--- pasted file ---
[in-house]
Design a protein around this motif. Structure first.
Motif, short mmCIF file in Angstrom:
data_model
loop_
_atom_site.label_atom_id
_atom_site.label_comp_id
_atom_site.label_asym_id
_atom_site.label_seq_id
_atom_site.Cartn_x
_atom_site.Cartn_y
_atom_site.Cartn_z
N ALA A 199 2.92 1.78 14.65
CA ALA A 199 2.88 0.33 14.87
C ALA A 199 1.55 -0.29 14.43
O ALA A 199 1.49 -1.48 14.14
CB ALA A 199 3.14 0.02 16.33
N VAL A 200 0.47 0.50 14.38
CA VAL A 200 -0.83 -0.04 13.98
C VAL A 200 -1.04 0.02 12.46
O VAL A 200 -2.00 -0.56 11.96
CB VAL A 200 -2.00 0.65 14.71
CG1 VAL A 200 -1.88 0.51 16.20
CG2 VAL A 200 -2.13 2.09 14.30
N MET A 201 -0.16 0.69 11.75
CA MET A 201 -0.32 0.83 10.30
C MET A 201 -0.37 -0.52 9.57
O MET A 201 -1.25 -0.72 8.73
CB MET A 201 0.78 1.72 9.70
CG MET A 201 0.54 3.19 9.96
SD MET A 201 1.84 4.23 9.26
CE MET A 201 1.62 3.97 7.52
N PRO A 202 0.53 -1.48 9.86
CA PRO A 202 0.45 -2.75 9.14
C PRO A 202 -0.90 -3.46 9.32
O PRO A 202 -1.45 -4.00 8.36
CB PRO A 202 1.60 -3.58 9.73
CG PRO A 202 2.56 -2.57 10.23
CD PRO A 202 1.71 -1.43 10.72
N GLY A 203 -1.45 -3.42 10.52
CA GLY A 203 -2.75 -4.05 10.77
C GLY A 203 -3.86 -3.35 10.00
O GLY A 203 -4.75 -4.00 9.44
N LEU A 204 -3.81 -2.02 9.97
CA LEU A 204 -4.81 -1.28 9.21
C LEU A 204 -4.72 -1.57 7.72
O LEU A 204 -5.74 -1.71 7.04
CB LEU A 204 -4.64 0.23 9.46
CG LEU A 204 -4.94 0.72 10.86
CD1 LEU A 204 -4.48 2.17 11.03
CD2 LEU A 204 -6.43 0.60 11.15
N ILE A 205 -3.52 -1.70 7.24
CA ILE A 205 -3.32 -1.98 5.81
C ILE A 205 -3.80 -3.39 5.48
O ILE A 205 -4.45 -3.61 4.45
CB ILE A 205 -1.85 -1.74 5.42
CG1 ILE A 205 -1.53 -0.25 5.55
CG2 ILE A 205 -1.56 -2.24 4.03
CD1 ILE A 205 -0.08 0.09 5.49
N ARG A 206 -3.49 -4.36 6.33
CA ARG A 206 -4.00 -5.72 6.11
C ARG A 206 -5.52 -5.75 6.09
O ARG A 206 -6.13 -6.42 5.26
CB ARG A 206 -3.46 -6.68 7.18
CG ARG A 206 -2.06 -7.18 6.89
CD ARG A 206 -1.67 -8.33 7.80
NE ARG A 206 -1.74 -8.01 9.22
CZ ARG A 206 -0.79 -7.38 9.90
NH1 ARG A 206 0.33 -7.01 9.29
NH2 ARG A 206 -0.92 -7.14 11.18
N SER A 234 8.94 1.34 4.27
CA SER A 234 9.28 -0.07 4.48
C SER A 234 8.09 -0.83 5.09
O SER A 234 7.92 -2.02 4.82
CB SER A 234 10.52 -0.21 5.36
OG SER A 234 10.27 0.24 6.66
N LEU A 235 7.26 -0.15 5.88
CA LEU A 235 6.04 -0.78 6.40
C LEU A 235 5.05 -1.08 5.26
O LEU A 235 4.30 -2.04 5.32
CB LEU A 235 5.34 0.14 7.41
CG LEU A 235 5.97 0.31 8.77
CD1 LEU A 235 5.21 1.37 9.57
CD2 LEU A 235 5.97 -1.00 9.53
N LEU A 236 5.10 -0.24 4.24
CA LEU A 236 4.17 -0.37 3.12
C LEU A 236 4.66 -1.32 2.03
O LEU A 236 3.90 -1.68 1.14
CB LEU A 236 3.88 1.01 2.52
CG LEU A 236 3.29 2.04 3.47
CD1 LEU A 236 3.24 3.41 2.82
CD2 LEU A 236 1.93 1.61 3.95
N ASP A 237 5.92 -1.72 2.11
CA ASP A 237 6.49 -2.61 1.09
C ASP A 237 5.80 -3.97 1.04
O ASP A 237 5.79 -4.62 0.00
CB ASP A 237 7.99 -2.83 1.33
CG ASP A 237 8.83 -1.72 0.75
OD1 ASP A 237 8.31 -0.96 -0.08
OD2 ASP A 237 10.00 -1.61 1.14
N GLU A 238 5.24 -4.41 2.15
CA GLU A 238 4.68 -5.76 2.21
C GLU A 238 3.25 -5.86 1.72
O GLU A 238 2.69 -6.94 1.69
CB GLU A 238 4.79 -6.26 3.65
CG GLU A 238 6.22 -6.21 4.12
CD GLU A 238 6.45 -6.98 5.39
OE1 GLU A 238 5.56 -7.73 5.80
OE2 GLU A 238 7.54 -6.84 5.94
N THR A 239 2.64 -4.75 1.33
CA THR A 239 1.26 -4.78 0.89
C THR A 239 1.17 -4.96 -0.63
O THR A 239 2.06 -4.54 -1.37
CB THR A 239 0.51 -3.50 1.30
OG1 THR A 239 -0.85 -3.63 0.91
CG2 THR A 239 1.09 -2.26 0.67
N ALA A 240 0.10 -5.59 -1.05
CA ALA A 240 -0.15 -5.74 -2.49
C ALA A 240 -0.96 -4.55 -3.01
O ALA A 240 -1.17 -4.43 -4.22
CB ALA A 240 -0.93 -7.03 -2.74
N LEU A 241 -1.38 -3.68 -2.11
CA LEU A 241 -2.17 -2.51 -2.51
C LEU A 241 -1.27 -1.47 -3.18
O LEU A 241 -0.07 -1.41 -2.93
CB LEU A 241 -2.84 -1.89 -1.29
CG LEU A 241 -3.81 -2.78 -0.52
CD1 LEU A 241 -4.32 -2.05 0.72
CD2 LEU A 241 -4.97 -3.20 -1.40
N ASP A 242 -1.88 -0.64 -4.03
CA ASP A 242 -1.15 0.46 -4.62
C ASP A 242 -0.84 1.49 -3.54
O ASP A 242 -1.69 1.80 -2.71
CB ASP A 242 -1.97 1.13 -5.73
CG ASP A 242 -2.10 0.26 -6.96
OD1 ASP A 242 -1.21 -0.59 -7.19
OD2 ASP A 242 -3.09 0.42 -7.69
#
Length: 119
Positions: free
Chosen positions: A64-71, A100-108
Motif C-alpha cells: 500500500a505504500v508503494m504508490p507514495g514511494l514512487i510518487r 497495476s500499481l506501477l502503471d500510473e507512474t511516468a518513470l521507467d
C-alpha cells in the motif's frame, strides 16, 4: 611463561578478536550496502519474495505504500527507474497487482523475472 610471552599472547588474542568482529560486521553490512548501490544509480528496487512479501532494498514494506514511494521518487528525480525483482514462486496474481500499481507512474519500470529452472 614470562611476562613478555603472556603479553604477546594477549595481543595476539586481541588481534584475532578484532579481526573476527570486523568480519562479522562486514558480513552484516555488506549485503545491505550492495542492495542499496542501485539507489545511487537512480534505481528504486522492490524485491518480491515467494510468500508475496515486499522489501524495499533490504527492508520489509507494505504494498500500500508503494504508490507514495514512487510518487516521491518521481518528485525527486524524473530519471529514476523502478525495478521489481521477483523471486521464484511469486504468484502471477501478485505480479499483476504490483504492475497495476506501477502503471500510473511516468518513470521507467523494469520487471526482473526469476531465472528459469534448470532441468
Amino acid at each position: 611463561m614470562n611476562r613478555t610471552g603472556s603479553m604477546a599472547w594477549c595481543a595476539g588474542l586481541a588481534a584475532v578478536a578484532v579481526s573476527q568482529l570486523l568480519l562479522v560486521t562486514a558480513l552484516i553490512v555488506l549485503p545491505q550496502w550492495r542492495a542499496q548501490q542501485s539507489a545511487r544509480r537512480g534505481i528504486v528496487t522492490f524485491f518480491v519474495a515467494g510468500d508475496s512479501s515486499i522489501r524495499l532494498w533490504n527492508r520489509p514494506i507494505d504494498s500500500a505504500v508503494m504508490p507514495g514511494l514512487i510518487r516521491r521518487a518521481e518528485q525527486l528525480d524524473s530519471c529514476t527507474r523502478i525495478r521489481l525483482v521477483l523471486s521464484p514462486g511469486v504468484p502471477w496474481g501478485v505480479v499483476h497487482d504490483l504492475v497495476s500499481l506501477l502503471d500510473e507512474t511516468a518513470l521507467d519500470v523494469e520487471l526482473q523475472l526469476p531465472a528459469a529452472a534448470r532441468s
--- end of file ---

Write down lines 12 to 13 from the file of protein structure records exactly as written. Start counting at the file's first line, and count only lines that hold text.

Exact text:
_atom_site.Cartn_z
N ALA A 199 2.92 1.78 14.65